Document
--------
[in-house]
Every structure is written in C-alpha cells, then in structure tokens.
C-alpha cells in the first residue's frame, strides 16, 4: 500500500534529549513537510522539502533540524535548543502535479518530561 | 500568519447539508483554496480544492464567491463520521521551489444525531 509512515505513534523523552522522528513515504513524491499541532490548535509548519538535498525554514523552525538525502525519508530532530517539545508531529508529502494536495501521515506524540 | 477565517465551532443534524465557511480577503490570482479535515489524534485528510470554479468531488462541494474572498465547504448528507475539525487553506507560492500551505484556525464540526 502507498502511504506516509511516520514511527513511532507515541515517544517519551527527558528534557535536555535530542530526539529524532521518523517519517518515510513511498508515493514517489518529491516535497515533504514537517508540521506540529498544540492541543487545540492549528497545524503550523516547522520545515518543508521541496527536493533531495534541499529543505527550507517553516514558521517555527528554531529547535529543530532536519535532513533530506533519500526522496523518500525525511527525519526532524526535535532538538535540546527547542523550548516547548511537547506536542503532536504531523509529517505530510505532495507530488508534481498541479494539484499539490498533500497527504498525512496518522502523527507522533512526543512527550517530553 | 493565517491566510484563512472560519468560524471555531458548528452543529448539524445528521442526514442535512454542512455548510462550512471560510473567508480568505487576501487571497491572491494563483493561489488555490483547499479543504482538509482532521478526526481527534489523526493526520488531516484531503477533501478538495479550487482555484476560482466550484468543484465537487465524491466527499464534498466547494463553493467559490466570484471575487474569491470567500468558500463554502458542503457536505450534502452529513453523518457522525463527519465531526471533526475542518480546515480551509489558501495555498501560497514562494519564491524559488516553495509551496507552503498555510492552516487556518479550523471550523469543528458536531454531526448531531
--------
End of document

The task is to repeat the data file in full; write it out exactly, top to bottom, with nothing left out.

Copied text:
[in-house]
Every structure is written in C-alpha cells, then in structure tokens.
C-alpha cells in the first residue's frame, strides 16, 4: 500500500534529549513537510522539502533540524535548543502535479518530561 | 500568519447539508483554496480544492464567491463520521521551489444525531 509512515505513534523523552522522528513515504513524491499541532490548535509548519538535498525554514523552525538525502525519508530532530517539545508531529508529502494536495501521515506524540 | 477565517465551532443534524465557511480577503490570482479535515489524534485528510470554479468531488462541494474572498465547504448528507475539525487553506507560492500551505484556525464540526 502507498502511504506516509511516520514511527513511532507515541515517544517519551527527558528534557535536555535530542530526539529524532521518523517519517518515510513511498508515493514517489518529491516535497515533504514537517508540521506540529498544540492541543487545540492549528497545524503550523516547522520545515518543508521541496527536493533531495534541499529543505527550507517553516514558521517555527528554531529547535529543530532536519535532513533530506533519500526522496523518500525525511527525519526532524526535535532538538535540546527547542523550548516547548511537547506536542503532536504531523509529517505530510505532495507530488508534481498541479494539484499539490498533500497527504498525512496518522502523527507522533512526543512527550517530553 | 493565517491566510484563512472560519468560524471555531458548528452543529448539524445528521442526514442535512454542512455548510462550512471560510473567508480568505487576501487571497491572491494563483493561489488555490483547499479543504482538509482532521478526526481527534489523526493526520488531516484531503477533501478538495479550487482555484476560482466550484468543484465537487465524491466527499464534498466547494463553493467559490466570484471575487474569491470567500468558500463554502458542503457536505450534502452529513453523518457522525463527519465531526471533526475542518480546515480551509489558501495555498501560497514562494519564491524559488516553495509551496507552503498555510492552516487556518479550523471550523469543528458536531454531526448531531